What is the MySQL VARCHAR max size?


I would like to know what the max size is for a MySQL VARCHAR type.

I read that the max size is limited by the row size which is about 65k. I tried setting the field to varchar(20000) but it says that that's too large.

I could set it to varchar(10000). What is the exact max I can set it to?

This question is tagged with mysql varchar maxlength

~ Asked on 2012-11-22 06:13:36

The Best Answer is


Keep in mind that MySQL has a maximum row size limit

The internal representation of a MySQL table has a maximum row size limit of 65,535 bytes, not counting BLOB and TEXT types. BLOB and TEXT columns only contribute 9 to 12 bytes toward the row size limit because their contents are stored separately from the rest of the row. Read more about Limits on Table Column Count and Row Size.

Maximum size a single column can occupy, is different before and after MySQL 5.0.3

Values in VARCHAR columns are variable-length strings. The length can be specified as a value from 0 to 255 before MySQL 5.0.3, and 0 to 65,535 in 5.0.3 and later versions. The effective maximum length of a VARCHAR in MySQL 5.0.3 and later is subject to the maximum row size (65,535 bytes, which is shared among all columns) and the character set used.

However, note that the limit is lower if you use a multi-byte character set like utf8 or utf8mb4.

Use TEXT types inorder to overcome row size limit.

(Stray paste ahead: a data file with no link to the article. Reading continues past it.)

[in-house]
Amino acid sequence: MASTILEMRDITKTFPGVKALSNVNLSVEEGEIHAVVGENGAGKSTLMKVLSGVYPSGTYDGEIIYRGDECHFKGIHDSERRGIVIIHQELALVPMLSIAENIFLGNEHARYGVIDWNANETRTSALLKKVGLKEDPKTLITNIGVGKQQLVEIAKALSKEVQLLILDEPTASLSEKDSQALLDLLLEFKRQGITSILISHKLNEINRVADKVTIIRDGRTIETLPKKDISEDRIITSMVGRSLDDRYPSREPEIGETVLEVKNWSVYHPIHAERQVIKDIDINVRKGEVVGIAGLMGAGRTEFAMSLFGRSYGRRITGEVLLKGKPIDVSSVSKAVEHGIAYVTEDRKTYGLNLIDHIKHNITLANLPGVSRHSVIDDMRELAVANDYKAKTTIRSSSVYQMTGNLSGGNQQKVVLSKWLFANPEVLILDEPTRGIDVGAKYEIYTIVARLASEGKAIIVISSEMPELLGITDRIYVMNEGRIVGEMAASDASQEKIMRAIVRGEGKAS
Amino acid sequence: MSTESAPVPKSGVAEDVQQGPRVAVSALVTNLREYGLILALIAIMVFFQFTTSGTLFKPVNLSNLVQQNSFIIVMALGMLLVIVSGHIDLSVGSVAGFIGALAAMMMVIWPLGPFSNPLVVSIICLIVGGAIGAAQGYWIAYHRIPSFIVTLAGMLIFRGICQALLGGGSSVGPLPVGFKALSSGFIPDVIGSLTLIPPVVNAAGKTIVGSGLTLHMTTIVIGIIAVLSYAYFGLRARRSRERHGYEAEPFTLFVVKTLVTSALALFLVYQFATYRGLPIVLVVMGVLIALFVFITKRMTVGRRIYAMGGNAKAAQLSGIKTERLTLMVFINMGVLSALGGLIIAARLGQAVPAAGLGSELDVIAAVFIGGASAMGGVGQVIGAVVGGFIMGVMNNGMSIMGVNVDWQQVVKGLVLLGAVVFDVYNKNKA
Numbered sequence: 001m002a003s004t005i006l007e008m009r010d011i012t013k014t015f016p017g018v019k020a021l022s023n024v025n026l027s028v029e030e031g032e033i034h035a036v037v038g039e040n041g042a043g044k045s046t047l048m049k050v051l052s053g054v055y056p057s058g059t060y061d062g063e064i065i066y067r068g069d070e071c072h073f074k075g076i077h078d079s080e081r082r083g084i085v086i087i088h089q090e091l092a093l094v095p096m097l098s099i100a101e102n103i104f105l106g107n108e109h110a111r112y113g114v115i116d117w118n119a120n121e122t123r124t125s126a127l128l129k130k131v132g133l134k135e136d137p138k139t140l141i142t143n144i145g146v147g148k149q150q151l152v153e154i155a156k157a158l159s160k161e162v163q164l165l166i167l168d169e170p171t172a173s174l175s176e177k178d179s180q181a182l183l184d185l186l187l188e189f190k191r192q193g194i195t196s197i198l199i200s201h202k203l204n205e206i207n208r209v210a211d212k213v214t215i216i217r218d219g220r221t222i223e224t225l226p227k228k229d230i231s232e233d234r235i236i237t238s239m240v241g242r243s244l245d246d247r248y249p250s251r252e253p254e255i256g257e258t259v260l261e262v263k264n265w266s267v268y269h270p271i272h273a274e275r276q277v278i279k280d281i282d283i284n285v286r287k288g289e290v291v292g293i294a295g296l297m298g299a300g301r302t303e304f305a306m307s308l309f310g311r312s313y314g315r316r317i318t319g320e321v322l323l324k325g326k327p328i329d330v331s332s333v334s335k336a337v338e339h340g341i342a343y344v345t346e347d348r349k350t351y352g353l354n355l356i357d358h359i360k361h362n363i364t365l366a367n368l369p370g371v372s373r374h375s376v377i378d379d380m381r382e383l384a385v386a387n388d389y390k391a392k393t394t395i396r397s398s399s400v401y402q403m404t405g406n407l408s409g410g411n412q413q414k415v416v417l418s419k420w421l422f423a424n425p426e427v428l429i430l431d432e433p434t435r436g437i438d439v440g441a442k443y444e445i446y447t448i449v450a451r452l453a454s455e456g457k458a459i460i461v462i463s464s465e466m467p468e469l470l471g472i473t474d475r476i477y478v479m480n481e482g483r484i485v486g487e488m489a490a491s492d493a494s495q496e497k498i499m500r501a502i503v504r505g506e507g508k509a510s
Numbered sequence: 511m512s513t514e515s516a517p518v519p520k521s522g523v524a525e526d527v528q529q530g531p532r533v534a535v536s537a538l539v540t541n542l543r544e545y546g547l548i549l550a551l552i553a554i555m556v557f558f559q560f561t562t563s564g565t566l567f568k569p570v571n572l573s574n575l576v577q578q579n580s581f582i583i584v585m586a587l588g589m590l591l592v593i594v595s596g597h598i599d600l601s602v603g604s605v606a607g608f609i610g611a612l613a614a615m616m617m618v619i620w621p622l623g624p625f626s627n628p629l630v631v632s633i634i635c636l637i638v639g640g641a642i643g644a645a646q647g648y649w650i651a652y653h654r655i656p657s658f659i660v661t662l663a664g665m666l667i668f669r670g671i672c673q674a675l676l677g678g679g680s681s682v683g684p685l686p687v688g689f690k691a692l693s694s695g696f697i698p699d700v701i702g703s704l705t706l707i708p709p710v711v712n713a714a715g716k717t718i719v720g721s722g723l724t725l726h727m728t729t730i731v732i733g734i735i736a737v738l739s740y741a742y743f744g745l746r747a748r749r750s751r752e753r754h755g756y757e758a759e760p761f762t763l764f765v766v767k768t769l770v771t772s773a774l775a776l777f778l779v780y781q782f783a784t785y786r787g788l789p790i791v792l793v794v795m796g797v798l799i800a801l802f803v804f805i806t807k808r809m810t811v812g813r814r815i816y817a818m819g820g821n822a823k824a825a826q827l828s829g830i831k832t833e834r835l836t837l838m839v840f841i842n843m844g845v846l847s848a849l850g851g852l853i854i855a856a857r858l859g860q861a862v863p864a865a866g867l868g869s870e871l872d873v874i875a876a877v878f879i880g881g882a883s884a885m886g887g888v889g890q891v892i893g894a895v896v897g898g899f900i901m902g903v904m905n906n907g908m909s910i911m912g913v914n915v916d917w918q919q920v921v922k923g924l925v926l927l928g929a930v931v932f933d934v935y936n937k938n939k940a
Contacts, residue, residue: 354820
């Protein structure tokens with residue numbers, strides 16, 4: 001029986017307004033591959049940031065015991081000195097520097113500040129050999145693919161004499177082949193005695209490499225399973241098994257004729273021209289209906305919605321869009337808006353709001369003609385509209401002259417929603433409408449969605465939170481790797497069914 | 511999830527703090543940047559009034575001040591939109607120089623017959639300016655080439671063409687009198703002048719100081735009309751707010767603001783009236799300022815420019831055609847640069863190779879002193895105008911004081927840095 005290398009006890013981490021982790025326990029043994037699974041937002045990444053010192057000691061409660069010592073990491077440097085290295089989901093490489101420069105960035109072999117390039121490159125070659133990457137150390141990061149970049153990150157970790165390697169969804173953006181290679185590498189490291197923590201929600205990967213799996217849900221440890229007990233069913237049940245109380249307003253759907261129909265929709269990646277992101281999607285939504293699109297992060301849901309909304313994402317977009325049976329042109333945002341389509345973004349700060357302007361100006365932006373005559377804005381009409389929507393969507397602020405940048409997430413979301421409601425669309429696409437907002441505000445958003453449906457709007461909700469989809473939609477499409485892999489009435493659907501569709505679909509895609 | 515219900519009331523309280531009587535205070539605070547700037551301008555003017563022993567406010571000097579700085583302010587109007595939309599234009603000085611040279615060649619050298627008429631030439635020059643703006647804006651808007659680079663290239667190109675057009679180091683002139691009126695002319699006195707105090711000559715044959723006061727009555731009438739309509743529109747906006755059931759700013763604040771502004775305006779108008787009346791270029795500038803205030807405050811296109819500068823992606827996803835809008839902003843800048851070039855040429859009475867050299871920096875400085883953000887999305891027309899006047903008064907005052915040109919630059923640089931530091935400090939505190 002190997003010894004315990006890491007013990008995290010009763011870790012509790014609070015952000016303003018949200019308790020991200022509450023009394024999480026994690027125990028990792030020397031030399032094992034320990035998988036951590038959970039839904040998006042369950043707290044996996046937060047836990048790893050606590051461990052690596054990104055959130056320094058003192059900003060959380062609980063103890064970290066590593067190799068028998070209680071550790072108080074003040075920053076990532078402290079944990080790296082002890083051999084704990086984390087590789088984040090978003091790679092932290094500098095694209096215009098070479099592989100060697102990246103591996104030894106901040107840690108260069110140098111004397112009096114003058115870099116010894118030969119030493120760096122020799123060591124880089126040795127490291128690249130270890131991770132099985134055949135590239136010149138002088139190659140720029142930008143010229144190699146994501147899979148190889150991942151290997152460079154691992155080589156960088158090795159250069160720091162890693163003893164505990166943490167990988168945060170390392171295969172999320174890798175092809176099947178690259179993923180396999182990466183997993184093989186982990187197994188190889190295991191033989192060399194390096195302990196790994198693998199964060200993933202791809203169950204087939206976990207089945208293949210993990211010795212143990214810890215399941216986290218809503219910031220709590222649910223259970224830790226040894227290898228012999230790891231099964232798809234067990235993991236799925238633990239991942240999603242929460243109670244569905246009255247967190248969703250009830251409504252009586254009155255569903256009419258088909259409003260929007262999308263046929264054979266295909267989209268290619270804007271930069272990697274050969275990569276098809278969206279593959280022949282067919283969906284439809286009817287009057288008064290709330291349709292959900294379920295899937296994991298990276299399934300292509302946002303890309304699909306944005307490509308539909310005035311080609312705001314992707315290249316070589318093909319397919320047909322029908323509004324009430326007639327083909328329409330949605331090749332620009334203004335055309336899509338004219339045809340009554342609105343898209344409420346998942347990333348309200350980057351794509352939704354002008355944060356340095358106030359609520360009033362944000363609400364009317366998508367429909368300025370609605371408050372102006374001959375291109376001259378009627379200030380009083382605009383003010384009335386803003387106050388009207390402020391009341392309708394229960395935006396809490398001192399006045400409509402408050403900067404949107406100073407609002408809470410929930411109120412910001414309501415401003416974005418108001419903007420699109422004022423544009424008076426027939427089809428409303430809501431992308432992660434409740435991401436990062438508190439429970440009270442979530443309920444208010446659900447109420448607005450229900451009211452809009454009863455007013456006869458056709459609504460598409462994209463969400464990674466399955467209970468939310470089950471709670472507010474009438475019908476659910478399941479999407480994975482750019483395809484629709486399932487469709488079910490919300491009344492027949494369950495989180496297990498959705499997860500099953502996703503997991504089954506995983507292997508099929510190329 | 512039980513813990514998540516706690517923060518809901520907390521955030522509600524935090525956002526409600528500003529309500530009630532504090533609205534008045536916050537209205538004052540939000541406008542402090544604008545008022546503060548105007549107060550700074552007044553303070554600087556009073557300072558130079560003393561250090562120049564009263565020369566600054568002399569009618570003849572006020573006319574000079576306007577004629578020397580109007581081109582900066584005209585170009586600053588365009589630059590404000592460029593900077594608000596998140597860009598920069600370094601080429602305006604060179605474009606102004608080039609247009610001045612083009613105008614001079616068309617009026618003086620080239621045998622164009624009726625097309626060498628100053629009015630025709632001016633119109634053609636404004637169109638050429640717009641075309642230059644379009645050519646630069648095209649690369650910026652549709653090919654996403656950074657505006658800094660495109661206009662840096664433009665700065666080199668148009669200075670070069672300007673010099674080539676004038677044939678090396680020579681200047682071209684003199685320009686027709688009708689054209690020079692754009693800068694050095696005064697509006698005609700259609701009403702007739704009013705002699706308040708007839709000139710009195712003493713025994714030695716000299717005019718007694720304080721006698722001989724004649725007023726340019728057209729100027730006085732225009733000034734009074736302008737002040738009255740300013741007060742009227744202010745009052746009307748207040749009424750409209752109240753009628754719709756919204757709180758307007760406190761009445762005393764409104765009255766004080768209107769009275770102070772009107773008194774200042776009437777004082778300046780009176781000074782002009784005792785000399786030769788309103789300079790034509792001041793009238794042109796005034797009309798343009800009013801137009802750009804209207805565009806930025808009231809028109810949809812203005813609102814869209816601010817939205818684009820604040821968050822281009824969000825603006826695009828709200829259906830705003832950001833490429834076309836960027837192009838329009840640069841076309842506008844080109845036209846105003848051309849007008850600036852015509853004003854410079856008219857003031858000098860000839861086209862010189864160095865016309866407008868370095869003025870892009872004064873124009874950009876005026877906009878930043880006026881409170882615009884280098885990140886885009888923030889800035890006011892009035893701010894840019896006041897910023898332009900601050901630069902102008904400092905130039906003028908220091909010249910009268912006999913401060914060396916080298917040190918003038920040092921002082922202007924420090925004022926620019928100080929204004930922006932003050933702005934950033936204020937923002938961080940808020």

The four TEXT types are TINYTEXT, TEXT, MEDIUMTEXT, and LONGTEXT. These correspond to the four BLOB types and have the same maximum lengths and storage requirements.

More details on BLOB and TEXT Types

Even more

Checkout more details on Data Type Storage Requirements which deals with storage requirements for all data types.

~ Answered on 2012-11-22 06:22:06


As per the online docs, there is a 64K row limit and you can work out the row size by using:

row length = 1
             + (sum of column lengths)
             + (number of NULL columns + delete_flag + 7)/8
             + (number of variable-length columns)

You need to keep in mind that the column lengths aren't a one-to-one mapping of their size. For example, CHAR(10) CHARACTER SET utf8 requires three bytes for each of the ten characters since that particular encoding has to account for the three-bytes-per-character property of utf8 (that's MySQL's utf8 encoding rather than "real" UTF-8, which can have up to four bytes).

But, if your row size is approaching 64K, you may want to examine the schema of your database. It's a rare table that needs to be that wide in a properly set up (3NF) database - it's possible, just not very common.

If you want to use more than that, you can use the BLOB or TEXT types. These do not count against the 64K limit of the row (other than a small administrative footprint) but you need to be aware of other problems that come from their use, such as not being able to sort using the entire text block beyond a certain number of characters (though this can be configured upwards), forcing temporary tables to be on disk rather than in memory, or having to configure client and server comms buffers to handle the sizes efficiently.

The sizes allowed are:

TINYTEXT          255 (+1 byte  overhead)
TEXT          64K - 1 (+2 bytes overhead)
MEDIUMTEXT    16M - 1 (+3 bytes overhead)
LONGTEXT      4G  - 1 (+4 bytes overhead)

You still have the byte/character mismatch (so that a MEDIUMTEXT utf8 column can store "only" about half a million characters, (16M-1)/3 = 5,592,405) but it still greatly expands your range.

~ Answered on 2012-11-22 06:22:54

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